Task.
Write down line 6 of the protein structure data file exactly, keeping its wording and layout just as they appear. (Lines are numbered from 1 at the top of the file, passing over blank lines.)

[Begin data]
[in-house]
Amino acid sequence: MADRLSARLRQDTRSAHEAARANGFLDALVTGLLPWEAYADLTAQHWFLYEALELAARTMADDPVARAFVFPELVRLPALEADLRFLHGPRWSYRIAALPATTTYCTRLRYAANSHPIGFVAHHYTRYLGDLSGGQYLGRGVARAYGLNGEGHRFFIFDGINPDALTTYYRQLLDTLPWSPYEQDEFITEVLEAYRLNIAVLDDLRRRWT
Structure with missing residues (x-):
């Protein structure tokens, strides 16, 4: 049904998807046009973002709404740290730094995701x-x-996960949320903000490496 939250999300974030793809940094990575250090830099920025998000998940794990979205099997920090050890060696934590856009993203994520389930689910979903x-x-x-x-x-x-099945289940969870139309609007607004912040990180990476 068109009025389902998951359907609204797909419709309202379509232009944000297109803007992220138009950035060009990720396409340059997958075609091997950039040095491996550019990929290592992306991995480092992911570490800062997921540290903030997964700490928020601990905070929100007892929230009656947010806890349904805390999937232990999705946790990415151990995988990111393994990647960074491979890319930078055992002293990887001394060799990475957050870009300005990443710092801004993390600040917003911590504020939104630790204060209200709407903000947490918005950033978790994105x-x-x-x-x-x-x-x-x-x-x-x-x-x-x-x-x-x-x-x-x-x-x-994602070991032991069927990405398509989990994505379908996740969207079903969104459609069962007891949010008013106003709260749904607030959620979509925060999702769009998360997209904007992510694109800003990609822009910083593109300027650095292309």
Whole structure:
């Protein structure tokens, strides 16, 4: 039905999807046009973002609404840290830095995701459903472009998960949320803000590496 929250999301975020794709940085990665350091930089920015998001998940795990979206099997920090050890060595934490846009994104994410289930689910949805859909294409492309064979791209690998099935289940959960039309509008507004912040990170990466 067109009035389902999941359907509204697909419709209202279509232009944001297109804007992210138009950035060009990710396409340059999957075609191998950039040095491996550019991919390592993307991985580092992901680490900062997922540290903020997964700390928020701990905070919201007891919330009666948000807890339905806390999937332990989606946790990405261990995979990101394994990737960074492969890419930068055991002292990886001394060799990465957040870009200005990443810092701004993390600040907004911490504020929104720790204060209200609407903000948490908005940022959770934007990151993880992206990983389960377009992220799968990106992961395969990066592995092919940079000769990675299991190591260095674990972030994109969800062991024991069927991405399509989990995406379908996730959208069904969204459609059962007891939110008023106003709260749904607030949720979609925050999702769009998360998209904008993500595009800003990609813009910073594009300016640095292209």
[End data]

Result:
């Protein structure tokens, strides 16, 4: 039905999807046009973002609404840290830095995701459903472009998960949320803000590496 929250999301975020794709940085990665350091930089920015998001998940795990979206099997920090050890060595934490846009994104994410289930689910949805859909294409492309064979791209690998099935289940959960039309509008507004912040990170990466 067109009035389902999941359907509204697909419709209202279509232009944001297109804007992210138009950035060009990710396409340059999957075609191998950039040095491996550019991919390592993307991985580092992901680490900062997922540290903020997964700390928020701990905070919201007891919330009666948000807890339905806390999937332990989606946790990405261990995979990101394994990737960074492969890419930068055991002292990886001394060799990465957040870009200005990443810092701004993390600040907004911490504020929104720790204060209200609407903000948490908005940022959770934007990151993880992206990983389960377009992220799968990106992961395969990066592995092919940079000769990675299991190591260095674990972030994109969800062991024991069927991405399509989990995406379908996730959208069904969204459609059962007891939110008023106003709260749904607030949720979609925050999702769009998360998209904008993500595009800003990609813009910073594009300016640095292209």